Introduction to Blog

I launched the website and the Blog after having spoken to government officials, political analysts and security experts specializing in South Asian affairs from three continents. The feedback was uniformly consistent. The bottom line is that when Kashmiris are suffering and the world has its own set of priorities, we need to find ways to help each other. We must be realistic, go beyond polemics and demagoguery, and propose innovative ideas that will bring peace, justice and prosperity in all of Jammu and Kashmir.

The author had two reasons to create this blog. First, it was to address the question that was being asked repeatedly, especially, by journalists and other observers in the U.S., U.K., and Canada, inquiring whether the Kashmiri society was concerned about social, cultural and environmental challenges in the valley given that only political upheaval and violence were reported or highlighted by media.

Second, the author has covered the entire spectrum of societal issues and challenges facing Kashmiri people over an 8-year period with the exception of politics given that politics gets all the exposure at the expense of REAL CHALLENGES that will likely result in irreversible degradation in the quality of life and the standard of living for future generations of Kashmiris to come.

The author stopped adding additional material to the Blog once it was felt that most, if not all, concerns, challenges and issues facing the Kashmiri society are cataloged in the Blog. There are over 1900 entries in the Blog and most commentaries include short biographical sketches of authors to bring readers close to the essence of Kashmir. Unfortunately, the 8-year assessment also indicates that neither Kashmiri civil society, nor intellectuals or political leadership have any inclination or enthusiasm in pursuing issues that do not coincide with their vested political agendas. What it means for the future of Kashmiri children and their children is unfathomable. But the evidence is all laid out.

This Blog is a reality check on Kashmir. It is a historical record of how Kashmir lost its way.

Vijay Sazawal, Ph.D.

Tuesday, June 2, 2009

Educating Youth on the Impact of Global Warming in Kashmir

An Editorial in the Kashmir Images highlights a major challenge facing Kashmir today

Climatic Worries

It is heartening to note that Kashmir University is gearing up to the challenges of climate change and has formed a working group which would suggest strategic plans to and outline the policies and actions required to be taken by the different organizations in the state to undo the climate change impacts. It is for the first time that an issue as grave as that of climate change is getting focused here as till date beyond debates and discussions, nothing serious has been done on this front.

While the climatic changes are fearfully threatening to impact the Himalaya’s natural resource base particularly the water resources and forestry, the concerned agencies and the authorities have, by and large, remained unconcerned to this grave problem. Convener of the Kashmir University’s working group has presented a very alarming scenario which needs all the concerned to pull their socks and start working to mitigate the impacts of climatic changes. The glaciers are receding and as per the recent study by the working group over 16 per cent of glaciers have been lost in Suru basin during last forty years while as 18 per cent have been lost in Kolhai glacier, the main glacier for the irrigation and drinking water supplies of the valley.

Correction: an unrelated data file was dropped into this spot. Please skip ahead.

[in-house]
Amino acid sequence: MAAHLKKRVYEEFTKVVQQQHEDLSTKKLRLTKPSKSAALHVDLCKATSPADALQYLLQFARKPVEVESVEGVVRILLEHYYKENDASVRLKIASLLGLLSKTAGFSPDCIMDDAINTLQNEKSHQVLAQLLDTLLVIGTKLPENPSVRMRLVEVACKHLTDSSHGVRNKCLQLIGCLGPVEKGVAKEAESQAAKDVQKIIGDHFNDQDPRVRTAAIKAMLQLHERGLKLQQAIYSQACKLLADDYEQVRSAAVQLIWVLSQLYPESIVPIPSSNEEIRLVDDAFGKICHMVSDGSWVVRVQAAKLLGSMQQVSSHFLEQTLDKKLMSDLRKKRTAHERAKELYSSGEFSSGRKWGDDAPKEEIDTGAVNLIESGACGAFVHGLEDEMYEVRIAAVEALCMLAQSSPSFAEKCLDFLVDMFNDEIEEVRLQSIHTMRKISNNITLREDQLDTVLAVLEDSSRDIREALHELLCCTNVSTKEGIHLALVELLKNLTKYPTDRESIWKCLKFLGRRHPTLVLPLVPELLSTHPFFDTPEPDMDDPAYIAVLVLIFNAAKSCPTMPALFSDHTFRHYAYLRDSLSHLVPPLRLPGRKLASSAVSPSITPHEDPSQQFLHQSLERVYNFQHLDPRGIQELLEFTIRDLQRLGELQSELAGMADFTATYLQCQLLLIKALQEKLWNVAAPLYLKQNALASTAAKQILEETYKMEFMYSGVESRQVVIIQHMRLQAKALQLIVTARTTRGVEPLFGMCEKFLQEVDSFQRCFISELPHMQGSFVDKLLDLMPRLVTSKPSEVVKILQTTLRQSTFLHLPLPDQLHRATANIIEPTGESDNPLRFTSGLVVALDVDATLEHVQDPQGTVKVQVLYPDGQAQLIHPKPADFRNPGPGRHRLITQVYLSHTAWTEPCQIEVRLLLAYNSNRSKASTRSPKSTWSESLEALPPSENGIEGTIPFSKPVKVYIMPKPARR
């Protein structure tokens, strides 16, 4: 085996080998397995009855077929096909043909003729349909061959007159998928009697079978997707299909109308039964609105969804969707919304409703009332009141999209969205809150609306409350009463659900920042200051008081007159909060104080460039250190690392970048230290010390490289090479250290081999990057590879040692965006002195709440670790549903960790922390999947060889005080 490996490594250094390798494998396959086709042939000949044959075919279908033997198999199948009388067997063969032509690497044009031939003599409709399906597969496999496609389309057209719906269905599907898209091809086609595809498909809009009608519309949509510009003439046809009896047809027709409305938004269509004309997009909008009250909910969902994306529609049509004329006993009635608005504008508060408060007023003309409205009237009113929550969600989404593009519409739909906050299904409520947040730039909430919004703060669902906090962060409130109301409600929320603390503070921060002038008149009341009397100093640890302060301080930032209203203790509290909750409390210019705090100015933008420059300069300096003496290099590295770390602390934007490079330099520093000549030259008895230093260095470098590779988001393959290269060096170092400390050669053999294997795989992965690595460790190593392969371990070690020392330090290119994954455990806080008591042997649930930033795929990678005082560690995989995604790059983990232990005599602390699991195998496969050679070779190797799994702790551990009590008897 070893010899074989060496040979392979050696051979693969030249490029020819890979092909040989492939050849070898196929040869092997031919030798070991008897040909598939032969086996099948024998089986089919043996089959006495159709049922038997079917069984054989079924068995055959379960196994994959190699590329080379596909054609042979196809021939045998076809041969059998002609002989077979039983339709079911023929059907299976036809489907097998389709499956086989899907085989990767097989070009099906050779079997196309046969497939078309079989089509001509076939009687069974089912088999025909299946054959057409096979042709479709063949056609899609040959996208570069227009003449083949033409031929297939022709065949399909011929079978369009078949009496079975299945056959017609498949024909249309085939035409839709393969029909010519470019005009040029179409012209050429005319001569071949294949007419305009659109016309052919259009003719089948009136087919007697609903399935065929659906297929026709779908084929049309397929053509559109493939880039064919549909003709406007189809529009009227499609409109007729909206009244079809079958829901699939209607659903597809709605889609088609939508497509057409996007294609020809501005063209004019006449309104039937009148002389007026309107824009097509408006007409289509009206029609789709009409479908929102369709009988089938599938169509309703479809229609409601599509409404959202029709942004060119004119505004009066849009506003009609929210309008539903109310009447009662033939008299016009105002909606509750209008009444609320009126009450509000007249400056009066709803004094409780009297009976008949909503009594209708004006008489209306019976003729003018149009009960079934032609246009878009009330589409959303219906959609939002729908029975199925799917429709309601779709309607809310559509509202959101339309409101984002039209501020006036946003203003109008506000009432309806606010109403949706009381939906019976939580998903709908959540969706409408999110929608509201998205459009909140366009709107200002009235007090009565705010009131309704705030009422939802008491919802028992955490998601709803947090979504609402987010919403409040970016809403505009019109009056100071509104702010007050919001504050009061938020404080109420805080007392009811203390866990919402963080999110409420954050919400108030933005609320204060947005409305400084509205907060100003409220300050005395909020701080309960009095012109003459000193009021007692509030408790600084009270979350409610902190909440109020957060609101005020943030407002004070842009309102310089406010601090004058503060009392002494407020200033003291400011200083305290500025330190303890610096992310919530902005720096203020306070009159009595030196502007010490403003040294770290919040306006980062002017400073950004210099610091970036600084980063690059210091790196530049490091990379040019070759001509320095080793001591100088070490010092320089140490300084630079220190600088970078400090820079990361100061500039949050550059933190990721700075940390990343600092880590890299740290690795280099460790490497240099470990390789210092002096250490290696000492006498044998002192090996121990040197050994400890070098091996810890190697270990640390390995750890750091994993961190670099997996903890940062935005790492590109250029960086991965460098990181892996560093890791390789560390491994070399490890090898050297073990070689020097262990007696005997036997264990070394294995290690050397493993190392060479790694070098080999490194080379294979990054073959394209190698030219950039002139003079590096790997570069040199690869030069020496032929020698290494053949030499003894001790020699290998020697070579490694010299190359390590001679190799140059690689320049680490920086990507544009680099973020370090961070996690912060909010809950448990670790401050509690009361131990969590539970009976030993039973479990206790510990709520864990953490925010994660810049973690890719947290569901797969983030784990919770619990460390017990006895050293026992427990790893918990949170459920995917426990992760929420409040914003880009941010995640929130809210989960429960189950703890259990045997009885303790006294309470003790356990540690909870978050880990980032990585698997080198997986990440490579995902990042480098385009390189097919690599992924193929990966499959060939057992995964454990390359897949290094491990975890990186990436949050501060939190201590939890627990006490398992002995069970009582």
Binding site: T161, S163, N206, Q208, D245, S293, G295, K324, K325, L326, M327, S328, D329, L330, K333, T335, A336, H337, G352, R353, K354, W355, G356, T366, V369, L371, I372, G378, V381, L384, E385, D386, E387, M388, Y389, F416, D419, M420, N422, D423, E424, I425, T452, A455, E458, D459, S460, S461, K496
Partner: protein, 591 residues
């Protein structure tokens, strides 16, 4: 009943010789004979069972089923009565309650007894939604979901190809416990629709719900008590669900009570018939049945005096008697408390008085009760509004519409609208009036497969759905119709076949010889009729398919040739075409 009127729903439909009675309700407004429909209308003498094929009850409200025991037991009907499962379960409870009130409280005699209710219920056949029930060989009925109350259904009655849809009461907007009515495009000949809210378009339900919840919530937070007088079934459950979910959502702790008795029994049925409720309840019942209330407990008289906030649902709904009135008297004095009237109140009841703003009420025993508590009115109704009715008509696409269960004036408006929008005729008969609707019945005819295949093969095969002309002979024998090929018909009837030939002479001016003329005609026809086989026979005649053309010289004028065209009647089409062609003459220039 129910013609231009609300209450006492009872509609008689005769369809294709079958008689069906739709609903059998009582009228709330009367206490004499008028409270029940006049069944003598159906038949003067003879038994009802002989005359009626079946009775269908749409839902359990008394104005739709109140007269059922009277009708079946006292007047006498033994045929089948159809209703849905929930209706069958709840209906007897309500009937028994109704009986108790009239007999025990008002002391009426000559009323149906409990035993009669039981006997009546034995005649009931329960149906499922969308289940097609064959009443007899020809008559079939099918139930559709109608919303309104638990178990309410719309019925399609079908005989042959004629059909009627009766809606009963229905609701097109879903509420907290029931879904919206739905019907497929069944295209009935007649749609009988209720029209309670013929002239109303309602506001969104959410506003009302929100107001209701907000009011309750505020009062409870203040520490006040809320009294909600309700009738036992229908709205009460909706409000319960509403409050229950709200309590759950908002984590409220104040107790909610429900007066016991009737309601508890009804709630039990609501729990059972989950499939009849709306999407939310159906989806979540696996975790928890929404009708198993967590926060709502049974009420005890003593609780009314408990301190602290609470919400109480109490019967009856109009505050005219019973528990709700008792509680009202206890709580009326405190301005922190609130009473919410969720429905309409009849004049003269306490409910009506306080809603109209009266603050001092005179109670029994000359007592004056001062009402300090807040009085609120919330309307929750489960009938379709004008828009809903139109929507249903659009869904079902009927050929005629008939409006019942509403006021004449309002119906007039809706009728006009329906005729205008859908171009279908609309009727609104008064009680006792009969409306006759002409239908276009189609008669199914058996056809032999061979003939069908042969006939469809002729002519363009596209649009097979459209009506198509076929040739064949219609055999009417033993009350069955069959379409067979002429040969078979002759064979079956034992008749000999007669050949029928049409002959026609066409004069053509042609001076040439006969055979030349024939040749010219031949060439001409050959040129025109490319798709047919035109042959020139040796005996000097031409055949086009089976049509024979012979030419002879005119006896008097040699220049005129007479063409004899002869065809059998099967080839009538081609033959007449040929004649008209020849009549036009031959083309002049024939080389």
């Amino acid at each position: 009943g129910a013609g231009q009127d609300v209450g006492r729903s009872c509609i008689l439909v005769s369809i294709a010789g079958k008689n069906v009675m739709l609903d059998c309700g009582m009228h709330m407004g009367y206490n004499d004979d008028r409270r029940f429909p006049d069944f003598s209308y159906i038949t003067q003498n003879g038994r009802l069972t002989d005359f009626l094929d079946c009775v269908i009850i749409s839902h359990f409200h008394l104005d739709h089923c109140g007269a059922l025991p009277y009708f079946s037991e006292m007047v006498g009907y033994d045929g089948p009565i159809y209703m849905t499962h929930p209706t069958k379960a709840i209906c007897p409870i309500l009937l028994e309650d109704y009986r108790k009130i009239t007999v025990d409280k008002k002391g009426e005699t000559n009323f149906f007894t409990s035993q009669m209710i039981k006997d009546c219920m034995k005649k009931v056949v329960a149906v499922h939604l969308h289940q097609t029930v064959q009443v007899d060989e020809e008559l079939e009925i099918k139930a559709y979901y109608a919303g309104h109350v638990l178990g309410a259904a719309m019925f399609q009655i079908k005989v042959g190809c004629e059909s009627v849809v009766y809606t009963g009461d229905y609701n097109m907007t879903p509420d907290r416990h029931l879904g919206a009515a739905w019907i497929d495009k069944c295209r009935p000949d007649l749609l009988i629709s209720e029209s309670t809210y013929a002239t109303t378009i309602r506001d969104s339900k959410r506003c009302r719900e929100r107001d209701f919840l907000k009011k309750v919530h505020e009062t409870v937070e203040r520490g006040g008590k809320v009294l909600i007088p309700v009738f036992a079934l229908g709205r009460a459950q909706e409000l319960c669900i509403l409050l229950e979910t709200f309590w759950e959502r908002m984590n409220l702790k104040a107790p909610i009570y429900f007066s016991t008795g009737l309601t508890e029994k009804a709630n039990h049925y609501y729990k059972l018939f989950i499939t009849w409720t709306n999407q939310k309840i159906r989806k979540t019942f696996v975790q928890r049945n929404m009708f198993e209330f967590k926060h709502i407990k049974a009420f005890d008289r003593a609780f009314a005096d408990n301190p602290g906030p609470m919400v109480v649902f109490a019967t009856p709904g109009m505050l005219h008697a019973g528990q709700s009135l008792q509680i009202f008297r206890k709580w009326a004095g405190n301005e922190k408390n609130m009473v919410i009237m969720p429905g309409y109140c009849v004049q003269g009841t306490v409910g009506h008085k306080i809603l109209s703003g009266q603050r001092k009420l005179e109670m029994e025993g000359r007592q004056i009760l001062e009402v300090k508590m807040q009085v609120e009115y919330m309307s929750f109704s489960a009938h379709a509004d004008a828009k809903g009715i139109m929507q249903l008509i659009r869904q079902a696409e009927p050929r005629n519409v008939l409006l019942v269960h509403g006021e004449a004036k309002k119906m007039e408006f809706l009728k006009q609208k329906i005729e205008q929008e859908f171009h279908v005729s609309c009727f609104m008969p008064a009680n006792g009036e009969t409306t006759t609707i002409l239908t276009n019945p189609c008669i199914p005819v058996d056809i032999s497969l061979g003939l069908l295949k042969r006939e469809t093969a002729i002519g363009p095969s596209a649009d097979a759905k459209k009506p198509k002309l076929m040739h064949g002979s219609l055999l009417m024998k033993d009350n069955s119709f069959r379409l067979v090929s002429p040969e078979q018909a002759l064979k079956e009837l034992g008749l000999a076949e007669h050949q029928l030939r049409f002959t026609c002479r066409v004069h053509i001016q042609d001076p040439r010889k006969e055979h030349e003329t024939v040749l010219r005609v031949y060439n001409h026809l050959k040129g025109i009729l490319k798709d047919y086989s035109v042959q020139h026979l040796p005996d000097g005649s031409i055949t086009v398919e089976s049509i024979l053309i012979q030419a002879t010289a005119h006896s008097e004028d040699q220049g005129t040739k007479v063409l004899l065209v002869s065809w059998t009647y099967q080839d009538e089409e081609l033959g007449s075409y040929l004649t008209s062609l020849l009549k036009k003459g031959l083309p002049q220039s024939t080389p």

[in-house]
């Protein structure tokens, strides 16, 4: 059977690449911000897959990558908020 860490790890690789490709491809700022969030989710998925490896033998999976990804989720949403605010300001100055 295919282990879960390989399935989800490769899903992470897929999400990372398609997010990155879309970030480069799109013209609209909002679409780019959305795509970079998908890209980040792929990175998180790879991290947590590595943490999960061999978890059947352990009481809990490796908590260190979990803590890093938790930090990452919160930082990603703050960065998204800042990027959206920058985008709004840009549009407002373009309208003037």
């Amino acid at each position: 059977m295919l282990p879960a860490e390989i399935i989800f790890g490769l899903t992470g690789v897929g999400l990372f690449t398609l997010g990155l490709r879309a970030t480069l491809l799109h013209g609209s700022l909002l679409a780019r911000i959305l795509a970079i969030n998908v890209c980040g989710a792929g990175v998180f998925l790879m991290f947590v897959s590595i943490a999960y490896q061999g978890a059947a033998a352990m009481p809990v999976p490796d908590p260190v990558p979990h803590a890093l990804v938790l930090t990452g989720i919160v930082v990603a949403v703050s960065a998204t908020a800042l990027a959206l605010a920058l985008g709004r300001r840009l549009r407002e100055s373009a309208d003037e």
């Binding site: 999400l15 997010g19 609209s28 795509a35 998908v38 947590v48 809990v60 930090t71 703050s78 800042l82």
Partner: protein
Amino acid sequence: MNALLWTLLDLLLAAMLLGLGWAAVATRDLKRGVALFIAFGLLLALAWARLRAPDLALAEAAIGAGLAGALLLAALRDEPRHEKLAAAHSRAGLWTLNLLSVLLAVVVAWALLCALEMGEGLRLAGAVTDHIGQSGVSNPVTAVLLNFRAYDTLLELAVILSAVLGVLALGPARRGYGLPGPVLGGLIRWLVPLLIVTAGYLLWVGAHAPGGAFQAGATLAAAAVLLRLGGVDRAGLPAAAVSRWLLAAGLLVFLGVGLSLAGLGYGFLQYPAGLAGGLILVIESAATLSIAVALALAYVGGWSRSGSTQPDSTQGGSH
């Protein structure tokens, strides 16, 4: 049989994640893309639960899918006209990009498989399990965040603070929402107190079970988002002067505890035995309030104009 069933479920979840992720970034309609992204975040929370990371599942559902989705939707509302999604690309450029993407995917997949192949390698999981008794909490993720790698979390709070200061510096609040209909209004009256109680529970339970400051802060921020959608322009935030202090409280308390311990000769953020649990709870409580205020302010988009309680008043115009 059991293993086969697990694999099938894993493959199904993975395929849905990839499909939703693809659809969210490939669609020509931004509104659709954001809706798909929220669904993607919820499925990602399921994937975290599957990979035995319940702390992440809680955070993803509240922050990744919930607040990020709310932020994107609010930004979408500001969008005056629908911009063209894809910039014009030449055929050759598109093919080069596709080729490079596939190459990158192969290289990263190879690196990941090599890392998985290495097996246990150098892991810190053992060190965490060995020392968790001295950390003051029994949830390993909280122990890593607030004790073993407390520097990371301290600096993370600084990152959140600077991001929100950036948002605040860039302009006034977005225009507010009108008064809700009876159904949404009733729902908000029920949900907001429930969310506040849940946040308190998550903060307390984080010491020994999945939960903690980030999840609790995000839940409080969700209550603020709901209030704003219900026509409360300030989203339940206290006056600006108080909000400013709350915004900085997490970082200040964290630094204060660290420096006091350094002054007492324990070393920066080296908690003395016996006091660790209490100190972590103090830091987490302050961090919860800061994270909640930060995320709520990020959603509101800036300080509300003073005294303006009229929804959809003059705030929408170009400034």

It is for the first time that a serious study is being made to see the impact of climatic changes, identify the sensitive areas and suggest measures to deal with the impact. Kashmir University needs to involve the government agencies and environment related non governmental organizations to make the things happen.

Chewang Norphel of Ladakh, fondly known as a glacier man, a retired civil engineer, who figured out a way to trap the waters that melt down the high mountains should be an inspiration for all the working groups and concerned citizens. He turns the water chunks of ice or artificial glaciers, which in the summer irrigate the water-starved fields. Though Ladakh is a place of immense natural beauty, but for locals it is a cold desert where survival depends on careful use of sparse natural resources including water as there are little or no rains and the villages are perched at a height and the rivers are too low. The region acute crisis of irrigating agricultural land as the high glaciers melt in June, but the sowing period starts months before. Here also the people are face to face with this crisis because of receding glaciers. To counter this crisis the first artificial glacier was created in Phuktse Pho village in 1987 and six more followed after that and these glaciers have started taking care of irrigation in several areas.

While one should appreciate Kashmir University for forming the working group to study climatic change, need is to make people aware of the crisis so that they too join hands in saving Kashmir’s water bodies. Everyone may not be a glacier man like Chewang Norphel, but everyone can contribute his/her bit, atleast, in preservation of existing water bodies like Dal, Wular, Jehlum etc.

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